And I snap away. My photos under-exposed, then over-exposed as I switch from taking pictures in the shade of the building to pictures dominated by the sunlight bouncing off the bright, sparkling snow. But in time I find balance. The controlled, yet imp-like smile of my friend gives me permission to take my time. There’s no rush here. She laughs at my delight as I squeal about the snow being like glitter, or because at last I have managed to take a picture of her that’s not a silhouette. I sound like a child, amazed and free.

Then she points to a mound of snow, which some local children have made into a slide

She suggests that I try sliding down, although she doesn’t try herself. She plonks herself and her camera down in the snow, as if the snow were a sofa that one could sink into with ease. Cautiously I climb up, taking care of my footing, I sit slowly, and then, gently I slide down.

And then I run up, my boots springing off the ice. And slide down.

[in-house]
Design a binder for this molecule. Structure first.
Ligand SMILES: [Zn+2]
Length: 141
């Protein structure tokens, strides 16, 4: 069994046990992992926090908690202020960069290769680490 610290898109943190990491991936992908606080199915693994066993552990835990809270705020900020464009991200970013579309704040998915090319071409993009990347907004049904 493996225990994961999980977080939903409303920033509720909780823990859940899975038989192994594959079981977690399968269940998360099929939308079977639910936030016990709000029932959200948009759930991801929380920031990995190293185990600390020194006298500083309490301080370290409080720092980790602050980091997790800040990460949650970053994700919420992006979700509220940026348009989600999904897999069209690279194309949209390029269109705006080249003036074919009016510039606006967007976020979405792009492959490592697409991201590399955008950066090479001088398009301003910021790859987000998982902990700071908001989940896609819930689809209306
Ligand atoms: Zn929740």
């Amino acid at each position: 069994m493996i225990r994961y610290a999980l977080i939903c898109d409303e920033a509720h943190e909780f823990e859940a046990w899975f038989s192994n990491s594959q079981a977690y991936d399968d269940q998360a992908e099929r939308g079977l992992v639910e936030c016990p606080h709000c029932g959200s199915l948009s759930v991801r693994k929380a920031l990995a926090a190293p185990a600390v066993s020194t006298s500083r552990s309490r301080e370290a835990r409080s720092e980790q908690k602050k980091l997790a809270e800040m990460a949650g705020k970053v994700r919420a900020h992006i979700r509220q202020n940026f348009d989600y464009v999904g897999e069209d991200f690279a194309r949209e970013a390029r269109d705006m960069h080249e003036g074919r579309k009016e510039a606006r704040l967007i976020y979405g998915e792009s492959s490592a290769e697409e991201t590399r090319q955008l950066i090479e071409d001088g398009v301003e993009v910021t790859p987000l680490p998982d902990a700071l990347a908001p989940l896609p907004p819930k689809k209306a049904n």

It’s somewhere between minus seven and minus twenty but I have forgotten about the cold. I run up and slide down.

My dear friend gets me a plastic bag. And I run up, lay the bag down on the ice slide, sit upon it and go. Again and again and again. Until my clothes are sticky with sweat and my breath catches in my chest. And I’m laughing. Frost forms on my scarf. I’m talking in quick spurts, occasionally checking that still buried in the cold snow my friend is happy for my to be so indulgent. But she grins as she snaps more and more pictures and tells me I can go again, if I want. Like a grandmother who has seen it many times before and yet is still moved by the childish delight.

I decide I love snow.

This is perhaps not how other people plan travels.

train travel on a ferry
This was the train from Naples to Catania. It took a ferry to cross from the mainland to Sicily which amused me more than taking a plane.

Often, I’m asked where I start when I’m planning my travels

When you’re thinking about travelling it’s easy to get overwhelmed by all the options. I’m lucky, in that now I have done some travelling, and met people from all over, I can build trips around visiting people I care about seeing again. There are a few other factors that orientate me within a plan. Primarily, I’m currently keeping to Europe. There’s a lot in Europe, and since I’m a young naïve woman who travels mostly alone, Europe is where I’ve decided I can push the edges of my comfort zone without jumping overboard.

This post demonstrates some of the whimsical thinking that goes on behind my travel planning.

A friend invited me to go stay with them during their spring holidays when the university is closed